Any repeal of new EU laws on medical devices risks patient safety, warn Labour MEPs
Labour MEPs have warned the government that any repeal of new EU laws on medical devices could harm patient safety and risk a repeat of the hip replacement and PIP breast implant scandals.
The new law, which the European Parliament voted on today, will strengthen requirements for medical devices and require high-risk devices to undergo additional, pre-market assessment. Stricter rules on post-market surveillance will also ensure a faster response if there is a problem with a device and a new id system will improve traceability.
MEPs are also set to back new laws to ensure in vitro diagnostic medical devices – such as pregnancy tests and blood tests – are accurate and reliable.
Dame Glenis Willmott MEP, the parliament’s lead negotiator on a new Medical Devices Regulation, and Labour’s European spokesperson on health, said:
“It would be unacceptable if Brexit meant patients in the UK got less protection than those in the rest of the EU, or waited longer for access to new medical devices. The government must maintain these new laws after the UK leaves the European Union.
“Not only would patient safety be at risk, but the medical devices industry – an important sector in the UK – and manufacturers based in Britain will still have to comply with these requirements in order to market their products in the EU, so it would make no sense for the government to repeal these laws and require them to apply for authorisation twice.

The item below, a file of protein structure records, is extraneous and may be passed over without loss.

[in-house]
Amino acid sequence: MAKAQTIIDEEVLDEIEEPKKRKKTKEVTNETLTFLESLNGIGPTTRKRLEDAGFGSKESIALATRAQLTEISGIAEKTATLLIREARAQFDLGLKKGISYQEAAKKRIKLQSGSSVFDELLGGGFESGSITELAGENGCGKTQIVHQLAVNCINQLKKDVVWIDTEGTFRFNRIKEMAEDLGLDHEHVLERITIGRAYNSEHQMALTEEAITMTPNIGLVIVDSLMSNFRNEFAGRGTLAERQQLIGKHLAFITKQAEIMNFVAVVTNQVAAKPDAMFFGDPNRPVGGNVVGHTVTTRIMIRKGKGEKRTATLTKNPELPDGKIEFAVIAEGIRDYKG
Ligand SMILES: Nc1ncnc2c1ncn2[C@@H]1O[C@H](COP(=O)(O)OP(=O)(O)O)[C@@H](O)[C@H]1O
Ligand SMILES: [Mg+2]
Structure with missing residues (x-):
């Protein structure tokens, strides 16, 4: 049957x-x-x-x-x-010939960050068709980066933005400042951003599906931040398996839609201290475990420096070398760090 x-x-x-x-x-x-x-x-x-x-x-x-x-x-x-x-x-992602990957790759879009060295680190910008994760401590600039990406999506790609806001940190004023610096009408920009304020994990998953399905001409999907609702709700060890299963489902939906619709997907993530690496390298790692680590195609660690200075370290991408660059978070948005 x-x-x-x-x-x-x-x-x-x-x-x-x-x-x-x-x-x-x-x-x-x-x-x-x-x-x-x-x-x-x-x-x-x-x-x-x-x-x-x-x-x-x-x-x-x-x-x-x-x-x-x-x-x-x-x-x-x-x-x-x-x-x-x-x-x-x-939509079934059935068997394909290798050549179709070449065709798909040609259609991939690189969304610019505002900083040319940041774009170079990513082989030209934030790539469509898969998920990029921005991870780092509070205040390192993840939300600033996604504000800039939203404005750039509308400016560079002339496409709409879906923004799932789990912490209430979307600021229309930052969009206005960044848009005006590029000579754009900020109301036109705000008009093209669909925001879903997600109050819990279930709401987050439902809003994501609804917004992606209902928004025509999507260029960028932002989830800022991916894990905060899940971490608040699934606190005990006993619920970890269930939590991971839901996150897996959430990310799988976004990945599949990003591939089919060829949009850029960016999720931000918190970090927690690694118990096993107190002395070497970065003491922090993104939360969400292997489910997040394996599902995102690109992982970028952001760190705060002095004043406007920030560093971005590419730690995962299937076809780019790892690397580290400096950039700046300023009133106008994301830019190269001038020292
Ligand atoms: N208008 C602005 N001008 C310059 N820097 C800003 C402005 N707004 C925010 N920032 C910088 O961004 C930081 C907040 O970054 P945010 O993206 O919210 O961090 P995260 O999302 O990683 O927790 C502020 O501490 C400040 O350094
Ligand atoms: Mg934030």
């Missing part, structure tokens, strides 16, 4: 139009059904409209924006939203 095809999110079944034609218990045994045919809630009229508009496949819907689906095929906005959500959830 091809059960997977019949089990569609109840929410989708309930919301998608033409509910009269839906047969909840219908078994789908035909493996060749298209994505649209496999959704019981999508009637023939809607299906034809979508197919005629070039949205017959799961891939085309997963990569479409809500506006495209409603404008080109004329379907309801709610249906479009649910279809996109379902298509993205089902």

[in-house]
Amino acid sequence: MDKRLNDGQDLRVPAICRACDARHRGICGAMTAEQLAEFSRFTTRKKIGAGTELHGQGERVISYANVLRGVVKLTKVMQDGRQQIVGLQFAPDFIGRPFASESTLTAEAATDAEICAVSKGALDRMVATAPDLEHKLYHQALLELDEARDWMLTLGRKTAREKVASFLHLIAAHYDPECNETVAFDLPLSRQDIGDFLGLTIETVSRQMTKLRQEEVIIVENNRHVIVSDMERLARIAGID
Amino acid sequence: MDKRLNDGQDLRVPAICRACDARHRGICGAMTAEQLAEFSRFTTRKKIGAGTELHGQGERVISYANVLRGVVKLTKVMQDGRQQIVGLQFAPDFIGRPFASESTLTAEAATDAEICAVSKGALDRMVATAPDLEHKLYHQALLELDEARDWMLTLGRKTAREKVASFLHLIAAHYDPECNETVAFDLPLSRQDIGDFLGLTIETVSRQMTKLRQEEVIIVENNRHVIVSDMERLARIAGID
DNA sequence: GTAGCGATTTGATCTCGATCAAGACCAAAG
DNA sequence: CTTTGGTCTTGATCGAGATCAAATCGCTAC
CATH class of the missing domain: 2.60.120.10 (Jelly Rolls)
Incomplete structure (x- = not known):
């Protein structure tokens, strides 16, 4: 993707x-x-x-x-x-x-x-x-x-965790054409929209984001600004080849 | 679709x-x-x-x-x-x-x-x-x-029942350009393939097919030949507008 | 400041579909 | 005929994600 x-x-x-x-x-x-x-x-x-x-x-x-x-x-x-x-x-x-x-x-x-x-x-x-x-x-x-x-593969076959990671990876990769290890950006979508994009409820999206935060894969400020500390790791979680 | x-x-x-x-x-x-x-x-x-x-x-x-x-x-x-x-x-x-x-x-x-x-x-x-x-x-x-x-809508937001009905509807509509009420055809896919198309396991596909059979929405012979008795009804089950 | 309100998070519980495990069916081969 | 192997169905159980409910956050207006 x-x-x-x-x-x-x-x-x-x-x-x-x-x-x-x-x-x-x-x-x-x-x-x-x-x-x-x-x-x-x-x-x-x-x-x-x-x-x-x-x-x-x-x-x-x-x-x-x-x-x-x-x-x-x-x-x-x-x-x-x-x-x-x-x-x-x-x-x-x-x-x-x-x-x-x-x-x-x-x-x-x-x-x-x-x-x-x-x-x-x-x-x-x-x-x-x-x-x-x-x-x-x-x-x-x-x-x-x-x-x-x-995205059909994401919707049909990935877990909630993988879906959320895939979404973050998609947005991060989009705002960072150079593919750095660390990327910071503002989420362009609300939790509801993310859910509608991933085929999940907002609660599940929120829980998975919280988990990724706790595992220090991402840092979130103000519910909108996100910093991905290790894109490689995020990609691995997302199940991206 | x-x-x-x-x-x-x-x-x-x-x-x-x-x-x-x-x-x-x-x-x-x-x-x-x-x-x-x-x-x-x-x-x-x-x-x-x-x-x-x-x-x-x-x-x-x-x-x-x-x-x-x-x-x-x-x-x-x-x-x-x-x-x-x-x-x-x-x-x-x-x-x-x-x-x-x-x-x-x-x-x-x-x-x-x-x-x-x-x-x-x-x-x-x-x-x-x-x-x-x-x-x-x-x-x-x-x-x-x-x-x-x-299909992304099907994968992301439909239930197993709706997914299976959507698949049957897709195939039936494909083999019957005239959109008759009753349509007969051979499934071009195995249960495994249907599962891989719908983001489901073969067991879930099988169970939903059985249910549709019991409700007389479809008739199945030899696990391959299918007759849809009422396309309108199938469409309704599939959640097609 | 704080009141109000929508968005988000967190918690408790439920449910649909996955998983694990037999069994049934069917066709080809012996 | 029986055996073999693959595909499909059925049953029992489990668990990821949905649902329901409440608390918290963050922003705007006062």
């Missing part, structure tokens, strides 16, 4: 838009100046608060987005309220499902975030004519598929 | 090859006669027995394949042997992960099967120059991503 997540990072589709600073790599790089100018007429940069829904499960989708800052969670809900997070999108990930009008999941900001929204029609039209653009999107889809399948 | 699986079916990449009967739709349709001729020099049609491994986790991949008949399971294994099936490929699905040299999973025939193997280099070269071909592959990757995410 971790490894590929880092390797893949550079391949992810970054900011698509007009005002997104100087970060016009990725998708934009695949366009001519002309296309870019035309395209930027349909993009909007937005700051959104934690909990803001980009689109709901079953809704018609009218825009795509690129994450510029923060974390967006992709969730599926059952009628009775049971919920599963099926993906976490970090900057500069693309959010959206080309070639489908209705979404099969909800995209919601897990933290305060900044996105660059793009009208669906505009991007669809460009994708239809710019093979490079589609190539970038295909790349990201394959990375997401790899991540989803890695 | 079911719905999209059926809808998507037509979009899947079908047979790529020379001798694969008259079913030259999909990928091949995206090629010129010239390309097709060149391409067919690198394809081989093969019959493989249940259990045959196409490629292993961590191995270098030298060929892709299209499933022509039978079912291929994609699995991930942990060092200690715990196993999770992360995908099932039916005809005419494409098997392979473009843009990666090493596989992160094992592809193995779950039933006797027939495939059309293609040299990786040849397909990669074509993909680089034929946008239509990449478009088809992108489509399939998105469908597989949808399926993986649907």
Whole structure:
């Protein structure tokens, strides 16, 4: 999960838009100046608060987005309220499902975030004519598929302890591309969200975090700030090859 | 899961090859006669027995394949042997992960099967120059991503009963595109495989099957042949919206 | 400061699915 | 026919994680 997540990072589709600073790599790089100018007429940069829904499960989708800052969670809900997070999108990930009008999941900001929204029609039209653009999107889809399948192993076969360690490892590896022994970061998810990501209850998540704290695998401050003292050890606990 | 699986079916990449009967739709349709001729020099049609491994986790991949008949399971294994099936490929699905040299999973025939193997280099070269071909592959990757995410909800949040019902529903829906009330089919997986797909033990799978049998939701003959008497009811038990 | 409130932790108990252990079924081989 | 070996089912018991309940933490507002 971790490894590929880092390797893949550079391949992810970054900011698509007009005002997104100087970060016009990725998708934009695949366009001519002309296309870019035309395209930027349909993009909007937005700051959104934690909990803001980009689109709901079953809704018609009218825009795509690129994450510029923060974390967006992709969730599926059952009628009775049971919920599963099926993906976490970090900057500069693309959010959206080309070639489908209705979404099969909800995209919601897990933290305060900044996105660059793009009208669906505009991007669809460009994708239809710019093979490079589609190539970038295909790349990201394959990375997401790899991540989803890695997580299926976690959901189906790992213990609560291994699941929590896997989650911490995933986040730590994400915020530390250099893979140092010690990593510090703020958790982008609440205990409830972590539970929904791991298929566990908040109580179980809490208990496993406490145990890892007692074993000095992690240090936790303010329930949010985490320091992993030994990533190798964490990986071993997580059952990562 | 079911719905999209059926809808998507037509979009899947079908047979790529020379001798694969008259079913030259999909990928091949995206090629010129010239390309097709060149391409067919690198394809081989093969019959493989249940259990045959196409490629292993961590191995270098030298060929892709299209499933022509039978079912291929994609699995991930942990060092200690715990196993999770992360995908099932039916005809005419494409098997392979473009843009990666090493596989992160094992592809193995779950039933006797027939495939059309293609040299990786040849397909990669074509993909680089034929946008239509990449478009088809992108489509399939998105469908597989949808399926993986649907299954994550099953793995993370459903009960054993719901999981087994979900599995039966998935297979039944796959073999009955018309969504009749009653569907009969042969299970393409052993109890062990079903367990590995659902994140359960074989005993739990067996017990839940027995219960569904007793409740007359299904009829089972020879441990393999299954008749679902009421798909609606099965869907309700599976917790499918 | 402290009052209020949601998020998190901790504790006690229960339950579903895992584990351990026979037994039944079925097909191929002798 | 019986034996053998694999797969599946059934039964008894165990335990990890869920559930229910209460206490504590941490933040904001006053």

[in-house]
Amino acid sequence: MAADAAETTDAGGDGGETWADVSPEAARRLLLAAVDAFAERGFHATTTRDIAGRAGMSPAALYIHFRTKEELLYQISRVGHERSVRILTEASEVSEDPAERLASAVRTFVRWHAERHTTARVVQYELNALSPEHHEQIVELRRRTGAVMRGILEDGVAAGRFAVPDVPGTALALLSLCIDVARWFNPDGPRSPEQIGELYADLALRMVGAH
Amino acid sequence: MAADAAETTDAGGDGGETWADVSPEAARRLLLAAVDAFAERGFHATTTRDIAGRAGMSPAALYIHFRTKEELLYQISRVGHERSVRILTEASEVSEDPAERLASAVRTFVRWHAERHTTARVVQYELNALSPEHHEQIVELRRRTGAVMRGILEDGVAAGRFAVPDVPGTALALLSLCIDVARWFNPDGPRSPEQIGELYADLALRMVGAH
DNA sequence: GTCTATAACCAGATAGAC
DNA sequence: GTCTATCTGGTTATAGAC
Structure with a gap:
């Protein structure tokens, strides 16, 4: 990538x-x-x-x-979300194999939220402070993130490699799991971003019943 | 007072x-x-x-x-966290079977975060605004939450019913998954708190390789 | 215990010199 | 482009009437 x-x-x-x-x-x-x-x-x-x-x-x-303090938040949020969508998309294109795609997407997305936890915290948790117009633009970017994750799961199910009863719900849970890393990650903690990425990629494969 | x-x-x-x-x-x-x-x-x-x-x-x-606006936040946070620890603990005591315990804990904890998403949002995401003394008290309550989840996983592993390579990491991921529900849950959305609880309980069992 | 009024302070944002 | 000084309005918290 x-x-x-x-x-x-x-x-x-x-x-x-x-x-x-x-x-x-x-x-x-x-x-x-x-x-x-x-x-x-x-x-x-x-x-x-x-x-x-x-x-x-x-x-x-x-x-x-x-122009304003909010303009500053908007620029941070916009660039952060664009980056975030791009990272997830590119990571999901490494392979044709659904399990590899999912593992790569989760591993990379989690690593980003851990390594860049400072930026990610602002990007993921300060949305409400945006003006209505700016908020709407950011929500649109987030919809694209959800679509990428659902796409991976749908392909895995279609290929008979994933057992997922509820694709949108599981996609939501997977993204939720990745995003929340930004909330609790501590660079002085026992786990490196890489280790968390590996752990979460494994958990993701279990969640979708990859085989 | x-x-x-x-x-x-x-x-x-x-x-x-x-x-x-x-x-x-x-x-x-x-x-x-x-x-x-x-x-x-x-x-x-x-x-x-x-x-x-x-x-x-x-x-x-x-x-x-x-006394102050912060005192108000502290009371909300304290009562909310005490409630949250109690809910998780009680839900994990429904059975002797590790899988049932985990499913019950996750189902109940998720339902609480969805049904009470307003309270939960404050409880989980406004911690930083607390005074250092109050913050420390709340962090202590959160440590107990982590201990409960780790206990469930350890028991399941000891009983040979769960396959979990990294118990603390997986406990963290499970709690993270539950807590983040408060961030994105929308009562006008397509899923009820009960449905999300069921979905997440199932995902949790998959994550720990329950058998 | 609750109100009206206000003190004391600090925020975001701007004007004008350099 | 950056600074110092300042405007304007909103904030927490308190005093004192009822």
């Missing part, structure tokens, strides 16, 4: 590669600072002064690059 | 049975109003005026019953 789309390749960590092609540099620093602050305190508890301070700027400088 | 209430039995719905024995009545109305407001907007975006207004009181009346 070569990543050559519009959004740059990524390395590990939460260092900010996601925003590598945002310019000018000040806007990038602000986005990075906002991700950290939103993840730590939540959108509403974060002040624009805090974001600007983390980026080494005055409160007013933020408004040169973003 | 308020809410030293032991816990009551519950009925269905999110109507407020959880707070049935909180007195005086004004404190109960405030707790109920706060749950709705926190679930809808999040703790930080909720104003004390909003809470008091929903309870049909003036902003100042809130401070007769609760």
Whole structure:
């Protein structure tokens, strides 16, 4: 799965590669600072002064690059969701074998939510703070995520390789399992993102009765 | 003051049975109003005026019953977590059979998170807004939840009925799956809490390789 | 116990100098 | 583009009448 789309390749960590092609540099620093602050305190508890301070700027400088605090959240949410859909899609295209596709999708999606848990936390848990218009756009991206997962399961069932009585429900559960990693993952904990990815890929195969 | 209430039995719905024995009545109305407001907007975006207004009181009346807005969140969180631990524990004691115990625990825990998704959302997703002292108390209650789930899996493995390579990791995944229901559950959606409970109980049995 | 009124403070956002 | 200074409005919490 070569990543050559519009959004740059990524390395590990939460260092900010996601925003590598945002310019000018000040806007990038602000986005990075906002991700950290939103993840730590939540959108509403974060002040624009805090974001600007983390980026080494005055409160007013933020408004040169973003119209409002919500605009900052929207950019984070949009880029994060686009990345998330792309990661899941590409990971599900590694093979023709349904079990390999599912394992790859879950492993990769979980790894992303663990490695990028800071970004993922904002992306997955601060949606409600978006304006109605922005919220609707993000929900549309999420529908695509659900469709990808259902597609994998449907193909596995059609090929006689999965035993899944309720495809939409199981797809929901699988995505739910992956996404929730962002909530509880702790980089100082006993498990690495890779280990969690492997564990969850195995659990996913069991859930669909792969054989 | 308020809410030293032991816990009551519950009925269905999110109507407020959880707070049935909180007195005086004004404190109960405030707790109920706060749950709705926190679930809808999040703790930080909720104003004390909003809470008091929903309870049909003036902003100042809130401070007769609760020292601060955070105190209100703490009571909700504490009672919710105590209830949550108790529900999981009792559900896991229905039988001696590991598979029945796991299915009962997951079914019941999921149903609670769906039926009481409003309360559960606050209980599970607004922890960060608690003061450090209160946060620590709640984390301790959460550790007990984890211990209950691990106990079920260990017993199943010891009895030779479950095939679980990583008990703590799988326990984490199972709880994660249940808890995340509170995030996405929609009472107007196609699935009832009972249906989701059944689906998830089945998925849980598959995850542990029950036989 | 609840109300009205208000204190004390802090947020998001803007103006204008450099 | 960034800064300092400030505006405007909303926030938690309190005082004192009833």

“There is also no guarantee the UK will still have access to the EU-wide database for sharing information on medical devices after Brexit. The government must ensure continued close cooperation with the EU on monitoring medical device safety.”
Dame Glenis added:
“We all remember the scandals with metal-on-metal hip replacements and PIP breast implants, which highlighted the weaknesses in the previous legislation. Some patients still don’t know if they have PIP implants.
“The new law will make the rules for medical devices much stricter and will ensure all devices are checked thoroughly before authorisation and carefully monitored after being placed on the market, so if a problem does arise, it will be picked up quickly.
“Devices will be fully traceable with the introduction of a Unique Device Identification number, so in the future we will know which device has been implanted into which patient. Authorisation requirements will be even stricter for the highest risk medical devices, like implants, insulin pumps and pacemakers, which will have to undergo an additional assessment by an expert panel before they can be authorised. And the new standards on in vitro medical devices will increase their accuracy and reliability.
“Patients rightly expect that if a medical device is available on the market then it is safe, but unfortunately this hasn’t always been the case. We have a responsibility to make sure patients have confidence in medical devices.”